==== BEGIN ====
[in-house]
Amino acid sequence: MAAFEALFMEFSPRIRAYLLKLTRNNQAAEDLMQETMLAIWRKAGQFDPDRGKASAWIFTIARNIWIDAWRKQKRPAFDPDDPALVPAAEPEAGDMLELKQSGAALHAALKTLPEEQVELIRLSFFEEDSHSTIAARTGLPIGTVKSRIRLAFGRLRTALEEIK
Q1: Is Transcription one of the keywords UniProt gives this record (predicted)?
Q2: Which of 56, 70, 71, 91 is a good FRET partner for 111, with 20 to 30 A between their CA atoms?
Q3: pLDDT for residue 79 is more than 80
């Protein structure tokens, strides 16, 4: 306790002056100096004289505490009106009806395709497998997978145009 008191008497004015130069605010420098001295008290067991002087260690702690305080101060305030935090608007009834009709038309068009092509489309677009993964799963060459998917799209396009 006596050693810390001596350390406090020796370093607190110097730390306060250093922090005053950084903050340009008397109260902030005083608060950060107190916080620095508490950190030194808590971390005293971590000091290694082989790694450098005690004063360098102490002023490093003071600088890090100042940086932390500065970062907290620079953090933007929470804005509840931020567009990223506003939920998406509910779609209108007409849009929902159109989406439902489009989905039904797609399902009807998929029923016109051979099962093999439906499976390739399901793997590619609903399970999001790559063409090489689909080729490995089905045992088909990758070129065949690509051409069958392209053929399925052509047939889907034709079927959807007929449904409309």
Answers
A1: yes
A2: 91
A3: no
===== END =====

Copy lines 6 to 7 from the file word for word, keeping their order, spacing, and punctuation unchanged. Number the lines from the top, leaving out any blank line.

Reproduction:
């Protein structure tokens, strides 16, 4: 306790002056100096004289505490009106009806395709497998997978145009 008191008497004015130069605010420098001295008290067991002087260690702690305080101060305030935090608007009834009709038309068009092509489309677009993964799963060459998917799209396009 006596050693810390001596350390406090020796370093607190110097730390306060250093922090005053950084903050340009008397109260902030005083608060950060107190916080620095508490950190030194808590971390005293971590000091290694082989790694450098005690004063360098102490002023490093003071600088890090100042940086932390500065970062907290620079953090933007929470804005509840931020567009990223506003939920998406509910779609209108007409849009929902159109989406439902489009989905039904797609399902009807998929029923016109051979099962093999439906499976390739399901793997590619609903399970999001790559063409090489689909080729490995089905045992088909990758070129065949690509051409069958392209053929399925052509047939889907034709079927959807007929449904409309």
Answers